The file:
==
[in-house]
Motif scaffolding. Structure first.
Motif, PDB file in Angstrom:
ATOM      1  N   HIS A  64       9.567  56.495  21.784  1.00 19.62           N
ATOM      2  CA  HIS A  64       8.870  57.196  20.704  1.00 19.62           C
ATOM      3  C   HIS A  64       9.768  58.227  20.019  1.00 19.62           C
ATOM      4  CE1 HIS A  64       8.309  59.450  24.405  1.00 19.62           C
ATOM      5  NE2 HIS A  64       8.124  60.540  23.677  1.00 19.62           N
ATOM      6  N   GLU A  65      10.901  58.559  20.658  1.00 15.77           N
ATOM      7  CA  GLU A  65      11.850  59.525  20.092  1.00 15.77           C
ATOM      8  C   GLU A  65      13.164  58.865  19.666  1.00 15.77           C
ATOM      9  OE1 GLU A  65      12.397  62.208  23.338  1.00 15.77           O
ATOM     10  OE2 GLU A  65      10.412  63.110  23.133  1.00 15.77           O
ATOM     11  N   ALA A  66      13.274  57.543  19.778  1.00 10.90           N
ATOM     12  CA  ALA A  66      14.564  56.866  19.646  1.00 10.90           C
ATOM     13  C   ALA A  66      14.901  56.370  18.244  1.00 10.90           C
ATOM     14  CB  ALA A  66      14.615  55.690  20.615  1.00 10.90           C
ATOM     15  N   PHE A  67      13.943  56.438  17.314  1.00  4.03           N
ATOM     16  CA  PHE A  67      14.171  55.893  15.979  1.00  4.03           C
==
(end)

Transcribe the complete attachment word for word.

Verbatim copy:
[in-house]
Motif scaffolding. Structure first.
Motif, PDB file in Angstrom:
ATOM      1  N   HIS A  64       9.567  56.495  21.784  1.00 19.62           N
ATOM      2  CA  HIS A  64       8.870  57.196  20.704  1.00 19.62           C
ATOM      3  C   HIS A  64       9.768  58.227  20.019  1.00 19.62           C
ATOM      4  CE1 HIS A  64       8.309  59.450  24.405  1.00 19.62           C
ATOM      5  NE2 HIS A  64       8.124  60.540  23.677  1.00 19.62           N
ATOM      6  N   GLU A  65      10.901  58.559  20.658  1.00 15.77           N
ATOM      7  CA  GLU A  65      11.850  59.525  20.092  1.00 15.77           C
ATOM      8  C   GLU A  65      13.164  58.865  19.666  1.00 15.77           C
ATOM      9  OE1 GLU A  65      12.397  62.208  23.338  1.00 15.77           O
ATOM     10  OE2 GLU A  65      10.412  63.110  23.133  1.00 15.77           O
ATOM     11  N   ALA A  66      13.274  57.543  19.778  1.00 10.90           N
ATOM     12  CA  ALA A  66      14.564  56.866  19.646  1.00 10.90           C
ATOM     13  C   ALA A  66      14.901  56.370  18.244  1.00 10.90           C
ATOM     14  CB  ALA A  66      14.615  55.690  20.615  1.00 10.90           C
ATOM     15  N   PHE A  67      13.943  56.438  17.314  1.00  4.03           N
ATOM     16  CA  PHE A  67      14.171  55.893  15.979  1.00  4.03           C